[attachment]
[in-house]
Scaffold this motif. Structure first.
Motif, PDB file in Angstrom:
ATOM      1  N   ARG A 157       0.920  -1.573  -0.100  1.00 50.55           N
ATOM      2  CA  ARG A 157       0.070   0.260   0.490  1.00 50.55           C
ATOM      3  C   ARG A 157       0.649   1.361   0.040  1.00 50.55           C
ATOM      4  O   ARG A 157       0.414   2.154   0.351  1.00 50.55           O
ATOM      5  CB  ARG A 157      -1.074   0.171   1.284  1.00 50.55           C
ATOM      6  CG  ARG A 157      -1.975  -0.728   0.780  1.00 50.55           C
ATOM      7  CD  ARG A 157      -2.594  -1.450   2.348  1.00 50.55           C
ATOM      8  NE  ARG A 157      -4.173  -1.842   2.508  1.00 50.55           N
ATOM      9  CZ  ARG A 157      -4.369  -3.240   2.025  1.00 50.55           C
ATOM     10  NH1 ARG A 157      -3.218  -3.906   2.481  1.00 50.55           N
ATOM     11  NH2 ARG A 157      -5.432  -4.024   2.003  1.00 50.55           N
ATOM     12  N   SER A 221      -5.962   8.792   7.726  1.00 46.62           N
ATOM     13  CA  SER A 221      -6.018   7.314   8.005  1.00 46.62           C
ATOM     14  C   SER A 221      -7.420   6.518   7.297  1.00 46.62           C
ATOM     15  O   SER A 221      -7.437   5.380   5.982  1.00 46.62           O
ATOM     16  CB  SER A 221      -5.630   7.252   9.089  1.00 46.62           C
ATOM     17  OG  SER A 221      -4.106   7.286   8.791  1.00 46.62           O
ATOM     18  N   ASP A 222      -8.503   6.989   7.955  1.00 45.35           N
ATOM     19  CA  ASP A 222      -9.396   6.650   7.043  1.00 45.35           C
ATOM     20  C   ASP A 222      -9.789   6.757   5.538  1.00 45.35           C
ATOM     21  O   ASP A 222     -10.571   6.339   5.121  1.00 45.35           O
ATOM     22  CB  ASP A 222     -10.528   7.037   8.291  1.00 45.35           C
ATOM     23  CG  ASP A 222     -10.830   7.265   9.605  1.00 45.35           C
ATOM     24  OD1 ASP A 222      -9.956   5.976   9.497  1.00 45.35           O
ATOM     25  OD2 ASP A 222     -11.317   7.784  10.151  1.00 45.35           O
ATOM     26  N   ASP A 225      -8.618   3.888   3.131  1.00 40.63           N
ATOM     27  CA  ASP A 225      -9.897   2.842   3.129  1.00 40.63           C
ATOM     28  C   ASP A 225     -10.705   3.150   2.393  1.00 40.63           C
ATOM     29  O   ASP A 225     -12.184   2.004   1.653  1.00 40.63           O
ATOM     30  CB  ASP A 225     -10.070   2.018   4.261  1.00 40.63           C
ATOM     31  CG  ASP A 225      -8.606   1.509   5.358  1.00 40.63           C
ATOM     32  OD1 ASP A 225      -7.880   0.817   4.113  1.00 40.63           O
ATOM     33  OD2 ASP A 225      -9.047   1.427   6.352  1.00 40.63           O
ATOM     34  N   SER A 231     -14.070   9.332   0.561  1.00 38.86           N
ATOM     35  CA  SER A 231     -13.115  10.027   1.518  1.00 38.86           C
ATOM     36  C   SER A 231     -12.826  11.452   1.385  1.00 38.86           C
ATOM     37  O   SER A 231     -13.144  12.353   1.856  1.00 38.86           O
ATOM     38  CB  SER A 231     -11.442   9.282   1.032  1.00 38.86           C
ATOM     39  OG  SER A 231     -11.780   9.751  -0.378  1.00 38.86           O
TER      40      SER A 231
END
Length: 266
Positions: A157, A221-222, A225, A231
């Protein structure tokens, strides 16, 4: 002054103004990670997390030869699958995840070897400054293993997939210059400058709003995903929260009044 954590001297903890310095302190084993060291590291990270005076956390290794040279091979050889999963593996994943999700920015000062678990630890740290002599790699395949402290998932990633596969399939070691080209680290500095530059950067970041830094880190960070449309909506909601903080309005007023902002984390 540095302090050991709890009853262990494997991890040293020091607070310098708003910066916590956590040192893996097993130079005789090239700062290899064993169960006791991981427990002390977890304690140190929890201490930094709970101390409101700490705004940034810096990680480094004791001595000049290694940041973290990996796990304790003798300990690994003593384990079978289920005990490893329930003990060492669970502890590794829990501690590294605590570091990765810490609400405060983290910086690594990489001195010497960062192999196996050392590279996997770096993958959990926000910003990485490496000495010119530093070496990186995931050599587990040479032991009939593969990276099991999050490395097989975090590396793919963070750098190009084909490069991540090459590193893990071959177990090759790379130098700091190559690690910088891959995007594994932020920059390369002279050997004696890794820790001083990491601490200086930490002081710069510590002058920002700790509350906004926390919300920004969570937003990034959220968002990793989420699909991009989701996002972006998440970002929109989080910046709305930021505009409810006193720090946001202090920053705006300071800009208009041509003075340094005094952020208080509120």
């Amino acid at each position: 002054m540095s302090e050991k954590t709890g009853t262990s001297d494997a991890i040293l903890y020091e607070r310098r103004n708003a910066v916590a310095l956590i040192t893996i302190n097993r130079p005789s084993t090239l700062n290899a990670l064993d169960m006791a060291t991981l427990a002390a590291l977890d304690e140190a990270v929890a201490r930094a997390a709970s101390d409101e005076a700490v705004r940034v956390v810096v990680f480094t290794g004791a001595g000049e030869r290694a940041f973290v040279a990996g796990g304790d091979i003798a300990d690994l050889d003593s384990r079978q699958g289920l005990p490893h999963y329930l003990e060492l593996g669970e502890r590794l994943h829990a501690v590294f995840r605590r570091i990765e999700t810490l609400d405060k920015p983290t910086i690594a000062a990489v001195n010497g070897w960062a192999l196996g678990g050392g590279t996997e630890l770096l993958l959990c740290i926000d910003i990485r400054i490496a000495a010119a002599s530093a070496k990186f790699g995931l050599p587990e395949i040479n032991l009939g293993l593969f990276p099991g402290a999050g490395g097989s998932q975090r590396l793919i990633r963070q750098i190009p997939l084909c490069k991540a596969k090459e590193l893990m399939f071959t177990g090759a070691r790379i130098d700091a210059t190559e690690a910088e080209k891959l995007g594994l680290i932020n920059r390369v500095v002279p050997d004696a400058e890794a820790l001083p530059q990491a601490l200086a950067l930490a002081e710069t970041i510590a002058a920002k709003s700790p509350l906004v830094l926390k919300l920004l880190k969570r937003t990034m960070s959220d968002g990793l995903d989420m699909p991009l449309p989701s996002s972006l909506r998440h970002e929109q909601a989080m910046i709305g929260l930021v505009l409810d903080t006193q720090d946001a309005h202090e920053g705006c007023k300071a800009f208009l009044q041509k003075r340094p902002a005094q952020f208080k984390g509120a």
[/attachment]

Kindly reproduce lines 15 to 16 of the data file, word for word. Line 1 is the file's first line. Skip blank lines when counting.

ATOM     12  N   SER A 221      -5.962   8.792   7.726  1.00 46.62           N
ATOM     13  CA  SER A 221      -6.018   7.314   8.005  1.00 46.62           C